Optimal Regulation in the Presence of Reputation Concerns
We study a market with free entry and exit of firms who can produce high-quality output by making a costly but efficient initial unobservable investment. If no learning about this investment occurs, an extreme "lemons problem" develops, no firm invests, and the market shuts down. Learning introduces reputation incentives such that a fraction of entrants do invest. If the market operates with spot prices, simple regulation can enhance the role of reputation to induce investment, thus mitigating the "lemons problem" and improving welfare.
We thank Fernando Alvarez, Hal Cole, Johannes Hörner, Larry Samuelson, Jean Tirole, Ivan Werning, and seminar participants at Berkeley, Carnegie Mellon, Chicago, Columbia, CREI, Duke, EIEF, EUI, Minneapolis Fed, Paris School of Economics, University of Pennsylvania, Stockholm IIES, University of Toronto, Toulouse School of Economics, Sauder School of Business-UBC, St. Louis Fed, Stanford GSB, Wharton School, Yale University, the 2009 SED Meetings at Istanbul, and the 2010 Minnesota Macro Workshop for their comments. We also thank Joan Gieseke for excellent editorial assistance and the National Science Foundation and the Federal Reserve Bank of Minneapolis for support of our research. The research leading to these results has also received funding from the European Research Council under the European Community's Seventh Framework Programme FP7/2007-2013 grant agreement N263790. The usual waiver of liability applies. The views expressed herein are those of the authors and not necessarily those of the Federal Reserve Bank of Minneapolis, the Federal Reserve System, or the National Bureau of Economic Research.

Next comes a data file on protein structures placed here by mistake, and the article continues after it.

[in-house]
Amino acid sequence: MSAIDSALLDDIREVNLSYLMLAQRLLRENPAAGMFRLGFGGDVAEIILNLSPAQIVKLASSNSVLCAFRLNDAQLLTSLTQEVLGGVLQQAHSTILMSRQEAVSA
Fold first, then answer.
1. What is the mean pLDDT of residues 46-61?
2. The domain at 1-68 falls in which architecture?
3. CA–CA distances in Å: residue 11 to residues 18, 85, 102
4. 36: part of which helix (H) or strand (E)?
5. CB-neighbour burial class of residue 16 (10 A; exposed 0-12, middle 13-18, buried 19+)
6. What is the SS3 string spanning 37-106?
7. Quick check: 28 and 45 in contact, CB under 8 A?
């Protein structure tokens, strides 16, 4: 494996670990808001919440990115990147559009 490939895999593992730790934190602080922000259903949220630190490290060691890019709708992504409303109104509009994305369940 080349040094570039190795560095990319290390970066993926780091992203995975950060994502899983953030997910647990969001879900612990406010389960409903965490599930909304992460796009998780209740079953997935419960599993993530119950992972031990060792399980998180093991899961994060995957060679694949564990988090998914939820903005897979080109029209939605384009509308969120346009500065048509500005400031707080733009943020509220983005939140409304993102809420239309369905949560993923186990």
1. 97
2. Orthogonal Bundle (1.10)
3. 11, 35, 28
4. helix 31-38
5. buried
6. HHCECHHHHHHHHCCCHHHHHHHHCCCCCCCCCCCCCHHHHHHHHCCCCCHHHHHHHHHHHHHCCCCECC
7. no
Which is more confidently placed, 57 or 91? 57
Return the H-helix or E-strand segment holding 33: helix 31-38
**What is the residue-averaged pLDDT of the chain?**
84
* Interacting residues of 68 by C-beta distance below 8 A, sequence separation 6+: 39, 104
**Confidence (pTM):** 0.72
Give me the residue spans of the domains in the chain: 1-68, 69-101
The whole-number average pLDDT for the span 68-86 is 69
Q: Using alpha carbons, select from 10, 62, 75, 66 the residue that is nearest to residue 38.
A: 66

I am compensated at more than 10000$ per year for research and consulting work with partners of Toulouse's "Institut d'Economie Industrielle". This compensation is both for direct consulting and for research on topics covered by these partnerships. In my case, the consulting is exclusively with Banque de France, but some of my research may also be used in connection with other IDEI partnerships.
Additional research support for this paper from the European Research Council is already acknowledged in the paper.
Andrew Atkeson & Christian Hellwig & Guillermo Ordoñez, 2015. "Optimal Regulation in the Presence of Reputation Concerns," The Quarterly Journal of Economics, Oxford University Press, vol. 130(1), pages 415-464. citation courtesy of